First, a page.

Civil War to Civil Rights: Military
Explore the various ways African American people–enslaved and free, forced or by choice–contributed to the war effort. Using images and letters, delve into the lives of real people who were part of the Civil War.
|Dates and Eras||Civil War|
|Themes||Military, African Americans, Soldiers, Confederate Army, Union Army, Civil War to Civil Rights|
|Standards||VS.7 c, USI.9|
During the American Civil War, African-Americans, both enslaved and free, contributed to both the United States and Confederate States Armies.
Even before the Emancipation Proclamation in 1863, many enslaved African-Americans sought freedom by following the U.S. Army or seeking refuge in U.S. controlled fortifications. There many found work. Some women and men provided labor but it wouldn’t be until after 1862 that the U.S. Army began organizing African-AmericanRegiments for military service known as the United States Colored Troops (USCTs). Both free and formerly enslaved people enlisted in the U.S. Army and Navy. African-American Regiments were composed of African-American enlisted men and non-commissioned officers serving under White commissioned officers. In these early regiments, African-American men were often used for garrison duty at fortifications or captured Southern towns, as prison guards, teamsters, and in other support roles, but some early black regiments, like the 1st Kansas Colored Volunteers and 1st Louisiana Native Guard, did see combat. However, for multiple reasons the recruitment of black men to fight did not become common until after the Emancipation Proclamation was issued in January 1863. Then there was an explosion of recruitment for USCT regiments like the 54th Massachusetts.
African-Americans also performed a multitude of tasks for Confederate soldiers, though they did not serve in a direct combat role. White Confederate soldiers of means brought along enslaved people who cooked, cleaned, and performed other duties for the mess (a mess is a group of about 5-10 soldiers). These enslaved people often were tasked with returning home to take mail and retrieve packages. In the Confederate Army, enslaved African-Americans labored as ship workers, laborers, cooks, and camp workers. The Confederate government used both enslaved and free African-Americans to build fortifications around cities such as Richmond and Petersburg, Virginia, and Wilmington, North Carolina. The Confederate relied on enslaved African Americans to raise crops and provide labor for the army.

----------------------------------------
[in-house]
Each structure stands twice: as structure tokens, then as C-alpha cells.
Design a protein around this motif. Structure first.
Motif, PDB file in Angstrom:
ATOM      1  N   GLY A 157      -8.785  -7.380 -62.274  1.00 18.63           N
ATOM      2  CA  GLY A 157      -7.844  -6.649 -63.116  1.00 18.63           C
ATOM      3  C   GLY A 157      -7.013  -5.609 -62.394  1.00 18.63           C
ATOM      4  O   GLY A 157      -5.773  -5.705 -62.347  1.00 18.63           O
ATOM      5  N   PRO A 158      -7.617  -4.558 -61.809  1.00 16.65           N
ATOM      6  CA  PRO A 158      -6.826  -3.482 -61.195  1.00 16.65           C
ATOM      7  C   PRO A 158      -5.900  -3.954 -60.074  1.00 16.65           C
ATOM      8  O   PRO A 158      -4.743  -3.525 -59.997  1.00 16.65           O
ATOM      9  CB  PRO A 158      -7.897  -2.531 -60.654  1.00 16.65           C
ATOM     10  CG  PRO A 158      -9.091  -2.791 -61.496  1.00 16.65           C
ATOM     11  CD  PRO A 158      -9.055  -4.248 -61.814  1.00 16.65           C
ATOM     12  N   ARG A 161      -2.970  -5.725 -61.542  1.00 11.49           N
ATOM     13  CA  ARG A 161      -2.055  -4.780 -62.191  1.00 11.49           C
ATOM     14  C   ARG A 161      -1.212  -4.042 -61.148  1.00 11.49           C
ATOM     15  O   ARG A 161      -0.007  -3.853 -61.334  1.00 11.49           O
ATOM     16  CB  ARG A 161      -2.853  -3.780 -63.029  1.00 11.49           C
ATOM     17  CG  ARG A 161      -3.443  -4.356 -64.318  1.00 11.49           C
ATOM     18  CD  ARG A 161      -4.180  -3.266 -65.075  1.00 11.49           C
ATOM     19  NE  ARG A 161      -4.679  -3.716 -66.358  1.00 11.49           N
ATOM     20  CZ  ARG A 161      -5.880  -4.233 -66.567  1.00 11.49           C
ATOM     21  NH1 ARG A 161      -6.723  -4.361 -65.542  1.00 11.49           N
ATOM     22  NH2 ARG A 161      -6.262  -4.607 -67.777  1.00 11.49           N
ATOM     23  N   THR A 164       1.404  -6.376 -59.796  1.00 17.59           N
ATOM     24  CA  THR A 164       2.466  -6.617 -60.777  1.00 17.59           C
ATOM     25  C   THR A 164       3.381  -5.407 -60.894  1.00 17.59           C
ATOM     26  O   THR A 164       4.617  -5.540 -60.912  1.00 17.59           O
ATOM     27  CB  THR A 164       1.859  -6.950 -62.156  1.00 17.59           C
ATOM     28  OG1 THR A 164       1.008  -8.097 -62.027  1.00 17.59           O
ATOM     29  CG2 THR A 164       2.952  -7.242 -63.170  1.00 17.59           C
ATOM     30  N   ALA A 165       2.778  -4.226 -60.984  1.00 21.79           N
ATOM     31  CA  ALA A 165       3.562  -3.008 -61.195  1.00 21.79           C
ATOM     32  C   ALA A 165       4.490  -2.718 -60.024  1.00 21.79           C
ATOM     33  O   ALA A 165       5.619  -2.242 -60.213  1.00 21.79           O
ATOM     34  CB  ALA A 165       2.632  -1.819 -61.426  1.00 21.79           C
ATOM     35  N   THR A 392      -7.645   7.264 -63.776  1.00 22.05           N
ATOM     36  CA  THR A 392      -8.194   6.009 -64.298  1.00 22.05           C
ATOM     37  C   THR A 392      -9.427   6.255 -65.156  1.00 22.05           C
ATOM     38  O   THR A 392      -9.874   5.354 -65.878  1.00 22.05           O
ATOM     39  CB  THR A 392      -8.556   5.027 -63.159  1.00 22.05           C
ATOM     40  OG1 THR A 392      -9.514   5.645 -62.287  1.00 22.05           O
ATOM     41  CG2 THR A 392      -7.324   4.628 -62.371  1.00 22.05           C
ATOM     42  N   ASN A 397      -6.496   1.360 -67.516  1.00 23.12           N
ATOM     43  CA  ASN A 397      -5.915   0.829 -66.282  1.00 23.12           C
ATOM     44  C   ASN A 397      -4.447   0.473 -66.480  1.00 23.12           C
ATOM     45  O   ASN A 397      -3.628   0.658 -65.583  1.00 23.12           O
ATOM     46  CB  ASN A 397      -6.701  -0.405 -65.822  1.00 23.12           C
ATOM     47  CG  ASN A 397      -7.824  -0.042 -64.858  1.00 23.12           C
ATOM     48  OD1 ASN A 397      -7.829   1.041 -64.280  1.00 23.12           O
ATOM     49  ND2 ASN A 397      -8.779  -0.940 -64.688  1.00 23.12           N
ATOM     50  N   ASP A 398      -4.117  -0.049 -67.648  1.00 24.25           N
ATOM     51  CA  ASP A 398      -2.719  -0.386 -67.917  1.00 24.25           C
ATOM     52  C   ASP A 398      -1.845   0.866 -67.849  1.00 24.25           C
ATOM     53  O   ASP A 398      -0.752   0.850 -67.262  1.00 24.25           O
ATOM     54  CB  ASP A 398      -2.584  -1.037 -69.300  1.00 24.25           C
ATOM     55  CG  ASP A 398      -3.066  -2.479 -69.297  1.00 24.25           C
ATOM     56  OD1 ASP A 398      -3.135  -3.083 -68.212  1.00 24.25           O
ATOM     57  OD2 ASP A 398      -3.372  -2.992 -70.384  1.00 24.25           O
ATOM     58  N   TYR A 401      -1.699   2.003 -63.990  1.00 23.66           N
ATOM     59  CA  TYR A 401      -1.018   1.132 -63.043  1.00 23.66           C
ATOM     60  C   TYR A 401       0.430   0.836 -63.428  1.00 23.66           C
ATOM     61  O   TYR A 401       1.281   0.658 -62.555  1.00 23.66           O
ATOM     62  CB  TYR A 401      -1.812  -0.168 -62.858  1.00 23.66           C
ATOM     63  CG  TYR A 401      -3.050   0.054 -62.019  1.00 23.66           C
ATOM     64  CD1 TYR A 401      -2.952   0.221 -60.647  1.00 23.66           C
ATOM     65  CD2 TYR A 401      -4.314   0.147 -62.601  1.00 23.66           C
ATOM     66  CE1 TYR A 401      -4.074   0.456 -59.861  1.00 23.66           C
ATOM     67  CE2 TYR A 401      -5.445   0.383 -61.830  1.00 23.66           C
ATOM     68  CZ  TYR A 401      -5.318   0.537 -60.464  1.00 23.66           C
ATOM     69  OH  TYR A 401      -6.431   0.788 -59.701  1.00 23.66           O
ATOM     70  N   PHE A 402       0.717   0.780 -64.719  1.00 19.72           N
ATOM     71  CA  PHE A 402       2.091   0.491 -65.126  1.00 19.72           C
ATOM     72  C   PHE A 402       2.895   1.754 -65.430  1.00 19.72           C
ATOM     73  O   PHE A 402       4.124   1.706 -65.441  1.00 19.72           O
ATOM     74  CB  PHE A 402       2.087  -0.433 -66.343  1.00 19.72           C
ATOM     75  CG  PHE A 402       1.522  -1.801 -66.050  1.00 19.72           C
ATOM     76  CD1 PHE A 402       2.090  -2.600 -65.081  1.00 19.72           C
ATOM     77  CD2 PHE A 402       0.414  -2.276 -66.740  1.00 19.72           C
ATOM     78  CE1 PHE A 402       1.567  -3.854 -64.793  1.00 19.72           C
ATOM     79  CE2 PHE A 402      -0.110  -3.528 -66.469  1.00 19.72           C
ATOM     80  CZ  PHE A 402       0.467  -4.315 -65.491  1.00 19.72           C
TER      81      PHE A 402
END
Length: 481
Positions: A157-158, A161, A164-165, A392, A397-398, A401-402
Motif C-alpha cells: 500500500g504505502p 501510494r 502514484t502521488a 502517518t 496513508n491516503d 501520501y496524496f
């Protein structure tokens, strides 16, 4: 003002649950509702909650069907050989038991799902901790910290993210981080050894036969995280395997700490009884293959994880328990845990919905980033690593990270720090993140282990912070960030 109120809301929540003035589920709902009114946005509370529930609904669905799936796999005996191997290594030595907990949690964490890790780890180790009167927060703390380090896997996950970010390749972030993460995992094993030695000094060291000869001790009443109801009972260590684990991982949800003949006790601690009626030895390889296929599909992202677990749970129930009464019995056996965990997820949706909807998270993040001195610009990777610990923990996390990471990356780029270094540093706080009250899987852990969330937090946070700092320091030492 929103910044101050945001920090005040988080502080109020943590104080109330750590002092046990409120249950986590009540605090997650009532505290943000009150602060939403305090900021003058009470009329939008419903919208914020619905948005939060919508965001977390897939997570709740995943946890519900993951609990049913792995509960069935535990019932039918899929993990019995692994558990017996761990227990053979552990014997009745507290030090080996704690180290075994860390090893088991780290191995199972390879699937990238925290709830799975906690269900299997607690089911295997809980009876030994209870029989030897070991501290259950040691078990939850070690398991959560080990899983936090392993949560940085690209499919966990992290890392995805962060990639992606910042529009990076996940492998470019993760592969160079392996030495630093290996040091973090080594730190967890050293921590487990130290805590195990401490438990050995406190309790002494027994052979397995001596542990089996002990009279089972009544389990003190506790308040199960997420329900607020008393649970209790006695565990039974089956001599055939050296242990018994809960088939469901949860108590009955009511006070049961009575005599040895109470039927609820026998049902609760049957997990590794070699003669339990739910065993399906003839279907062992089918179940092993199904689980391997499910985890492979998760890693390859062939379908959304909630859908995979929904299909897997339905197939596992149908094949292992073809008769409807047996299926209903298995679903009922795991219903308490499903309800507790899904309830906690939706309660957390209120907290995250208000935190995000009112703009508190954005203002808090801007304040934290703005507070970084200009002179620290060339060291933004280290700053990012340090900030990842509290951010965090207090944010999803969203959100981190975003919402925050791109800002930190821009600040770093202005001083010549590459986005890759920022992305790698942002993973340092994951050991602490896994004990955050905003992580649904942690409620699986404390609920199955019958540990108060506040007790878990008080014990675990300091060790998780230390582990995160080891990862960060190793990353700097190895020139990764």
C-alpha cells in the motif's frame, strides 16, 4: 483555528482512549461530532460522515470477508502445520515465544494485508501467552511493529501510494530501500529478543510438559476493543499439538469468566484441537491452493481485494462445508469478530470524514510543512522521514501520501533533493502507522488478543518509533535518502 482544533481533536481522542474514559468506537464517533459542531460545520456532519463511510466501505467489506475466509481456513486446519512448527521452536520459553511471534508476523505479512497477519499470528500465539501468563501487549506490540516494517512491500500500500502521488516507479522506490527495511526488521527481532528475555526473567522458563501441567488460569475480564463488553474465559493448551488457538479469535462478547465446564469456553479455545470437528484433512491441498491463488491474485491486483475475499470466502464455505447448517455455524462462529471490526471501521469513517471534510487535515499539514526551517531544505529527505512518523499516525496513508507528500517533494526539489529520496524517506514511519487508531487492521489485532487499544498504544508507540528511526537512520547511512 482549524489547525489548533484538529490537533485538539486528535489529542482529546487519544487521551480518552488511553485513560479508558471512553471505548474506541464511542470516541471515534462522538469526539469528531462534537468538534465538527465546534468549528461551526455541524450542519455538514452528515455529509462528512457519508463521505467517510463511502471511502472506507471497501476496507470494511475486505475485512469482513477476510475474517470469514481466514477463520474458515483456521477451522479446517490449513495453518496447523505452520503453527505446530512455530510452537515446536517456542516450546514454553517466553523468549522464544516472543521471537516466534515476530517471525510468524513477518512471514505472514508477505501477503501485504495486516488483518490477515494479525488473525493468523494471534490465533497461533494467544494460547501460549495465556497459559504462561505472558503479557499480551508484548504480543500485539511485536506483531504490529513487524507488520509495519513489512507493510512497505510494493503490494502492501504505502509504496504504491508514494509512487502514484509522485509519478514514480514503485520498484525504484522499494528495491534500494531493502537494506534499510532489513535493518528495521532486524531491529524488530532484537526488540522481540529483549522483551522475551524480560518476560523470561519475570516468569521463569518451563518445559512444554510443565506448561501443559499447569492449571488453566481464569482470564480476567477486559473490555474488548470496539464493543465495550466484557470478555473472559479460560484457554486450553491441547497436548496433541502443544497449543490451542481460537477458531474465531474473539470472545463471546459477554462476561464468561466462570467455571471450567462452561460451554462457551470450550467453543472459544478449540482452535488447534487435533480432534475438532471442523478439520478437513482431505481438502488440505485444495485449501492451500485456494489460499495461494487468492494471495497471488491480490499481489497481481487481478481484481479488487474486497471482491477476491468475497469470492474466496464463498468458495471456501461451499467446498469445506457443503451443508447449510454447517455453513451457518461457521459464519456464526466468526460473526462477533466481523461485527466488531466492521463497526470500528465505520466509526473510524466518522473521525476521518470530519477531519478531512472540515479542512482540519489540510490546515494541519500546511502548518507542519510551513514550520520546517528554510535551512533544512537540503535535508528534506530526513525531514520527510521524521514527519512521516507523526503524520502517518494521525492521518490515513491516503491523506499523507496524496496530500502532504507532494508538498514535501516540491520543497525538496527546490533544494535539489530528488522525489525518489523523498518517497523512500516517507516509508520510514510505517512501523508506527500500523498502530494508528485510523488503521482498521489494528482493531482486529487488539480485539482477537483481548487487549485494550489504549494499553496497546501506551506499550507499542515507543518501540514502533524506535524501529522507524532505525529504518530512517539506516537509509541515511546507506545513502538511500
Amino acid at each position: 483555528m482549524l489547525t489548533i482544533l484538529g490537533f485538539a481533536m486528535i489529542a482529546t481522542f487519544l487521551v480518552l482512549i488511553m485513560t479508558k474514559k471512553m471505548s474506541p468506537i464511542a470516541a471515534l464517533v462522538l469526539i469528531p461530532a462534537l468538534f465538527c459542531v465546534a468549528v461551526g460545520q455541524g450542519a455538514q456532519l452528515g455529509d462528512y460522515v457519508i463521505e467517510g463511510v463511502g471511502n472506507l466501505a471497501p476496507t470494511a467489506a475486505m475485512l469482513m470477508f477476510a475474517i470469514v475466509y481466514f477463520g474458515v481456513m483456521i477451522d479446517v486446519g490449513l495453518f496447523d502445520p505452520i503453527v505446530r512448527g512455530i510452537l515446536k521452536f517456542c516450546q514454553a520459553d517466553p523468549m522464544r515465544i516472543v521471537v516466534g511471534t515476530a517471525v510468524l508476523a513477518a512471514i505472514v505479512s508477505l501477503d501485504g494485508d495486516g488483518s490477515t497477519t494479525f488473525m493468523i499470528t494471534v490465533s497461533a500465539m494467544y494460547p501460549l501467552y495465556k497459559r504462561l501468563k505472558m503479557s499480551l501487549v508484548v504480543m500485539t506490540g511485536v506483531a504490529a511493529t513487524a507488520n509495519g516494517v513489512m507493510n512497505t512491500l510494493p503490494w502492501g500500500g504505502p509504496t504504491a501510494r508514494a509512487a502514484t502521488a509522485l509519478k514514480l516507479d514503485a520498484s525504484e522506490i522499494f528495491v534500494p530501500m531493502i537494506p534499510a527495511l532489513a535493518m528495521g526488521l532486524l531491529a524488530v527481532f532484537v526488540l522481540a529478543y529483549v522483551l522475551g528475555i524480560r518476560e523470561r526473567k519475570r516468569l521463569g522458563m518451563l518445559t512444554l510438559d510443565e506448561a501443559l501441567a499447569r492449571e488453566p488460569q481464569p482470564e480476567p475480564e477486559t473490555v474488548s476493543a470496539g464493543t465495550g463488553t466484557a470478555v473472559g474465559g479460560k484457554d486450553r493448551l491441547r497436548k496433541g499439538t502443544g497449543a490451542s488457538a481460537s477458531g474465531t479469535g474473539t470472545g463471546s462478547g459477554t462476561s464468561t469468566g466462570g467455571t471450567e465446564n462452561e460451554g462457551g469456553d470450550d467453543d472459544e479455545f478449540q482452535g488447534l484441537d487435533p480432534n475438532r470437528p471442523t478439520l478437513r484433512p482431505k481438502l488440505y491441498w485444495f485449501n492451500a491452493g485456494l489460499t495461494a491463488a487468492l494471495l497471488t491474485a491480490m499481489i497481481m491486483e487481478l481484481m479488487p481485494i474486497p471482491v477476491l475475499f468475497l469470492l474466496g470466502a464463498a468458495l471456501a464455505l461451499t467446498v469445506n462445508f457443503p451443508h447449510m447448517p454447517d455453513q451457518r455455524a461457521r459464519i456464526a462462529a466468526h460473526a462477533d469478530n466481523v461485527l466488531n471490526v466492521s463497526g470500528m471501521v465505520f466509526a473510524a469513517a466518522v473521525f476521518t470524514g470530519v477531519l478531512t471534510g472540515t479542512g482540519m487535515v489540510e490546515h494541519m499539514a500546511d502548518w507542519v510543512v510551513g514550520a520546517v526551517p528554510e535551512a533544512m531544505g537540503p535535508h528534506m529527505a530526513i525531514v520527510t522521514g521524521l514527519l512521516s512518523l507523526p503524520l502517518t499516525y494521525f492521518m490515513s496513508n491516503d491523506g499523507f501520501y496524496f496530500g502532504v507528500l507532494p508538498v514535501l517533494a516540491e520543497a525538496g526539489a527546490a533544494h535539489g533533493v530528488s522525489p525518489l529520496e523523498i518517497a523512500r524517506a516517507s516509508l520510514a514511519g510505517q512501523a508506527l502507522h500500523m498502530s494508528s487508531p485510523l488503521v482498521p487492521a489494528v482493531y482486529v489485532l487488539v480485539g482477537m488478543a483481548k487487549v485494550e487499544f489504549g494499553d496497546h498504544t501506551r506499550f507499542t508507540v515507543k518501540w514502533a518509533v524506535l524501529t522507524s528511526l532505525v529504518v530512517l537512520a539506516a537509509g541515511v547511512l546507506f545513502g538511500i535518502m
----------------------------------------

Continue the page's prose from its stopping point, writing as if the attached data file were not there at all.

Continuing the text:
**A Note on Language: In some of the provided sources, students might come across words that are offensive to many people today. It’s important to acknowledge the words (since the students will notice) with a reminder that language evolves over time–the term “African-American” was not in common usage 150 years ago. These words can be used to hurt people today, so we remind students to leave them in the historical source.**
1. Describe the letter from EW Smith. What does he say about his experiences in the war? How does he describe the United States Colored Troops?
2. Explain the types of jobs African Americans did for the Confederate Army. What can the pictures tell us about their experiences?
3. Compare and contrast the experiences of African Americans serving in the Confederate Army versus the United States Army.
1. Write an essay from the African American Army cook’s point of view. The students should use the background of the picture to reflect on life at the camp for this individual. Students could develop this project further by researching other primary sources about what it was like to be a civilian traveling with the army.
2. Have the students watch this video about the Massachusetts 54th regiment. Allow the students to work in groups for about 20-30 minutes in order to compare and contrast the experience of African Americans in the Union Army and the Confederate Army. After completing this activity, the students could also compare and contrast the experience of white soldiers in the army versus black soldiers in the army during the Civil War.